Acquired by Sega in March last year – after 18 years as an independent – Creative Assembly has since settled into a comfortable place amongst Sega Europe’s new pantheon of UK-bred talent that includes its dedicated Racing Studio, recent acquisition Sports Interactive and a host of other development partners.
“Being bought by Sega has given us the financial backing to start putting into place some expansion plans, which has included expanding in Australia, but also significantly in the UK. It makes it easier in that we know who our publisher is going to be, so we don’t have to go through that process of touting a product around to find deals, which allows us to develop in a logical fashion. We don’t have that pressure to make something visible to sell quickly, which means we can approach projects more sensibly,” explains Court.
The UK team, currently around the 70-man mark, is expected to grow to around 120. It’s currently split into two teams, one dedicated to Total War (which works with the Australian studio also working on the series) and another dedicated to console titles.
Although the studio has Medieval II: Total War as its only current announced project, it’s inevitable that more are in the works, especially given that Spartan: Total Warrior, the company’s first action-adventure game, debuted strongly last year.
Adds Court: “That team will be continuing along that line.”
So with a lot going on behind closed doors, Creative Assembly is ripe to grow, says Court. “We’re looking to hire across just about every role at the moment. We’re looking for virtually everybody of all experiences. We’re a very long-running company, that’s extremely stable and situated in a great place – you could work here and live in Brighton or live in Guildford – and we’re quite centrally located to where the industry is based.”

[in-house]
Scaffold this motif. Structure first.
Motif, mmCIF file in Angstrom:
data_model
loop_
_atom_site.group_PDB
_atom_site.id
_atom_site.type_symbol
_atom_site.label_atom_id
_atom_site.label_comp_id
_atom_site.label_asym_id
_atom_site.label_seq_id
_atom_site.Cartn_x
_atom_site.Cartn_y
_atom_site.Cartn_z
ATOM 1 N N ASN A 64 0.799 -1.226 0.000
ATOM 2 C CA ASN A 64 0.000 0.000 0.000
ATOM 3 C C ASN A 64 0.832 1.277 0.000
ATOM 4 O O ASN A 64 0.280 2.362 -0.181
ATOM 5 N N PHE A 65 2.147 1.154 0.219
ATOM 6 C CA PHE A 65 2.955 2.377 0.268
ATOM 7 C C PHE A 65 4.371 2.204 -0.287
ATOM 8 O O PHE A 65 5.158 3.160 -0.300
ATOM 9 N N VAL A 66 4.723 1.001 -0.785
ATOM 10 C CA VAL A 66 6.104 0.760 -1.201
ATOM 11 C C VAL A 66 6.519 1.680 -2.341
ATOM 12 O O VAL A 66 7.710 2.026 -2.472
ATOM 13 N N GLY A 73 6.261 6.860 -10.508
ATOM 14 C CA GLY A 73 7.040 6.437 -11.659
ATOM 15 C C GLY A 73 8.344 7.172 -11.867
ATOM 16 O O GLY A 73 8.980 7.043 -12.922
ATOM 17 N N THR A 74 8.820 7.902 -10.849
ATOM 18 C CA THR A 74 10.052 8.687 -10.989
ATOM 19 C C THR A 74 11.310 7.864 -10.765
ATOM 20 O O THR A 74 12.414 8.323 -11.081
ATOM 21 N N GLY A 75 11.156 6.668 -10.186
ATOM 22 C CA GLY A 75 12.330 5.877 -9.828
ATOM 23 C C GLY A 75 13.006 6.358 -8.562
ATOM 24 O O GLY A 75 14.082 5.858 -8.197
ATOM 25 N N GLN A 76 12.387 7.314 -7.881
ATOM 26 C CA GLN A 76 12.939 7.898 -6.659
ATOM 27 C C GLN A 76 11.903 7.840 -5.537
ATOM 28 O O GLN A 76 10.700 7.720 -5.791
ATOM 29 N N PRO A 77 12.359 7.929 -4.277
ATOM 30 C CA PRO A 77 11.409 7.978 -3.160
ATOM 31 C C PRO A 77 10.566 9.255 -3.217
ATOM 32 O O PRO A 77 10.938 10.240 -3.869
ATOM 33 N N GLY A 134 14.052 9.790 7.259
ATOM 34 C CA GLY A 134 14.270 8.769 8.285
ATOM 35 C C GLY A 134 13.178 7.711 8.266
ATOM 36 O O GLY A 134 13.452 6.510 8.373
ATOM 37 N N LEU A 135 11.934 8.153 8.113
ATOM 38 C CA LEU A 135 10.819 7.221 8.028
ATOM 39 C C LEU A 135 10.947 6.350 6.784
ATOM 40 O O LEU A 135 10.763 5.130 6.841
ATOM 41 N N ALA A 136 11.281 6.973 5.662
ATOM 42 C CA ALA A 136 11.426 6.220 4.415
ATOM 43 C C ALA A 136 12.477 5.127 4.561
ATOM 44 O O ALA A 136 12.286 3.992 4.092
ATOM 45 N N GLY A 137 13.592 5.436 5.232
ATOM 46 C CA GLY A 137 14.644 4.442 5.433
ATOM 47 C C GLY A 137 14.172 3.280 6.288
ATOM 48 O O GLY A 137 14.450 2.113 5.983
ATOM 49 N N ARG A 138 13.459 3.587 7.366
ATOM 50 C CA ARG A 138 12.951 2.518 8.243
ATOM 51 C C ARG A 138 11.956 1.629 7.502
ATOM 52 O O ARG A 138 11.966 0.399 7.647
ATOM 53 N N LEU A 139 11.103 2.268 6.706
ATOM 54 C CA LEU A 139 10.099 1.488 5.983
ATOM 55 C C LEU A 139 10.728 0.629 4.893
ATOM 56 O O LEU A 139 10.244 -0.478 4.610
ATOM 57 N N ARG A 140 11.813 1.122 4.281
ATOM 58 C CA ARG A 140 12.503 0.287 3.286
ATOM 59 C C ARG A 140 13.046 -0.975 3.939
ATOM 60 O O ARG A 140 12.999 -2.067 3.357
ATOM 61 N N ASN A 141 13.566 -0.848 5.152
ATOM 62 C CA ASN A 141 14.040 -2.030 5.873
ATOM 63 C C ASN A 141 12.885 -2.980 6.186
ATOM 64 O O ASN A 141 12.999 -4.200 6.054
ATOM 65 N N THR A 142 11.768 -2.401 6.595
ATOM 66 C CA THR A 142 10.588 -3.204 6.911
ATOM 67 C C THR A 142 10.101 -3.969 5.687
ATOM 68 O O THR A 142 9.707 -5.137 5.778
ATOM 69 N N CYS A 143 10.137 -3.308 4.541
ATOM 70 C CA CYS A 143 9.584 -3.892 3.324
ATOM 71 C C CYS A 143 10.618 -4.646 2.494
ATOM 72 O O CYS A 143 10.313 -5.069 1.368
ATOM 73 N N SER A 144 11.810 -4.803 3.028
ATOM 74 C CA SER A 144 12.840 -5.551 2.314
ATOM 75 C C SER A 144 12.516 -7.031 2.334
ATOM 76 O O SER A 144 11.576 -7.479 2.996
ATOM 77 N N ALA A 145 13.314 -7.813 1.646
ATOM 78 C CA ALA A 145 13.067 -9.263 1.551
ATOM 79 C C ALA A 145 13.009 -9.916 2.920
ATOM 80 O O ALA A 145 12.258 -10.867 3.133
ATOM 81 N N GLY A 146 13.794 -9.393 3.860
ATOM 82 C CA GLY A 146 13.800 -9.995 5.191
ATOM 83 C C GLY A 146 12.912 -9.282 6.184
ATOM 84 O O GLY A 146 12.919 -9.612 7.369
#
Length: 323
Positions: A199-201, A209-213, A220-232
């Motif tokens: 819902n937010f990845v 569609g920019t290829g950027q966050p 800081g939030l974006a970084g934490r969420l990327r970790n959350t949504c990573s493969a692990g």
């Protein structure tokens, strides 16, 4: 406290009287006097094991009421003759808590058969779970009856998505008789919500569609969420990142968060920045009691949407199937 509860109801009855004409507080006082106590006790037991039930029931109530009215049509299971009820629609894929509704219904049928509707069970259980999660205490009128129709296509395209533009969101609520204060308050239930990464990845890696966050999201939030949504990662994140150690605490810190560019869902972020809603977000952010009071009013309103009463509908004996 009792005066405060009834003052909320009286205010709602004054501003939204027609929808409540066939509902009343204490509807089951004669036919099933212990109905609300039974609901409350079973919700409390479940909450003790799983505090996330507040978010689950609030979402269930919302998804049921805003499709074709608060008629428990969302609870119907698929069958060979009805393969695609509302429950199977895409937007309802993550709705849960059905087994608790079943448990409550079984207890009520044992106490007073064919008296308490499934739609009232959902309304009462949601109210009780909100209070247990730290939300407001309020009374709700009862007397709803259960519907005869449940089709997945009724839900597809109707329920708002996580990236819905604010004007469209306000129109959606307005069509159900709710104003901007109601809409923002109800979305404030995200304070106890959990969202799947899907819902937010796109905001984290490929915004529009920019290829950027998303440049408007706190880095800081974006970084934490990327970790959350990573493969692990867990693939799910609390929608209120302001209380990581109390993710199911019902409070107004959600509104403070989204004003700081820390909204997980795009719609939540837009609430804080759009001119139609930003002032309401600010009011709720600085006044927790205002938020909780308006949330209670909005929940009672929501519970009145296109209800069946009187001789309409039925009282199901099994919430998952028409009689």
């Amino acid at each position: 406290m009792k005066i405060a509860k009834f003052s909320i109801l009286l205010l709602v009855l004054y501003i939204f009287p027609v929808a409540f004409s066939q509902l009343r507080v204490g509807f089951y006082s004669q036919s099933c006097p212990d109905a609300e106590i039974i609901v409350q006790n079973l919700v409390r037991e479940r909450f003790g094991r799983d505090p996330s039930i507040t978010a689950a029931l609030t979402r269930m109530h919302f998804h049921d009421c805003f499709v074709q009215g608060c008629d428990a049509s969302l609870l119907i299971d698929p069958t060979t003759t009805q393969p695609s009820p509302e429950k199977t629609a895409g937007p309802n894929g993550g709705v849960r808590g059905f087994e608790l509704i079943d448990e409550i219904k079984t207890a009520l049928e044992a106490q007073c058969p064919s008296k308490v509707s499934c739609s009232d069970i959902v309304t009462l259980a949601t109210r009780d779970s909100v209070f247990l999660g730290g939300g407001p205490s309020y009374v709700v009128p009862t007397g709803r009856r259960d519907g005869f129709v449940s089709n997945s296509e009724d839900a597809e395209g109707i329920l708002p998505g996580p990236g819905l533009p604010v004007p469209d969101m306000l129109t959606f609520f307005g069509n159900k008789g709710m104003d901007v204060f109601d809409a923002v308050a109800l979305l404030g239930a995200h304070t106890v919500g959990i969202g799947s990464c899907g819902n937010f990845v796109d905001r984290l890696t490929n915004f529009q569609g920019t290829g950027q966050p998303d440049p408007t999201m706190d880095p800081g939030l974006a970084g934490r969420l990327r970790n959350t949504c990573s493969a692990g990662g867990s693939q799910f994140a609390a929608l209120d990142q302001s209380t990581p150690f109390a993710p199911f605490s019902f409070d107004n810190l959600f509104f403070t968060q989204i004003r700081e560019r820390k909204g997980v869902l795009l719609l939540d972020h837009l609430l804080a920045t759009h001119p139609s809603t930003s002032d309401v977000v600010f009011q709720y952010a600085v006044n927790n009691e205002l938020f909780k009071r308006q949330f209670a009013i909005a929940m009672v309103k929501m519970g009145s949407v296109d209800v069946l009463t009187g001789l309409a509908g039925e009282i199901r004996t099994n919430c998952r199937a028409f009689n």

Court admits that the recruitment market is currently very tough for games – “I’ve never seen it as difficult as this,” he says – but is realistic about what’s possible, conceding that some studios demanding years of talent may not have their priorities right, or their eyes on a long-term way to build talented teams for the future.
“It’s unrealistic to be experienced on next-gen platforms, but not unrealistic to want someone experienced in the games industry,” he says, adding that there’s plenty of potential in bringing in younger staff: “As for other roles we’re looking to bring in graduates from university. Really it’s good to get a good mix of experience into the company.”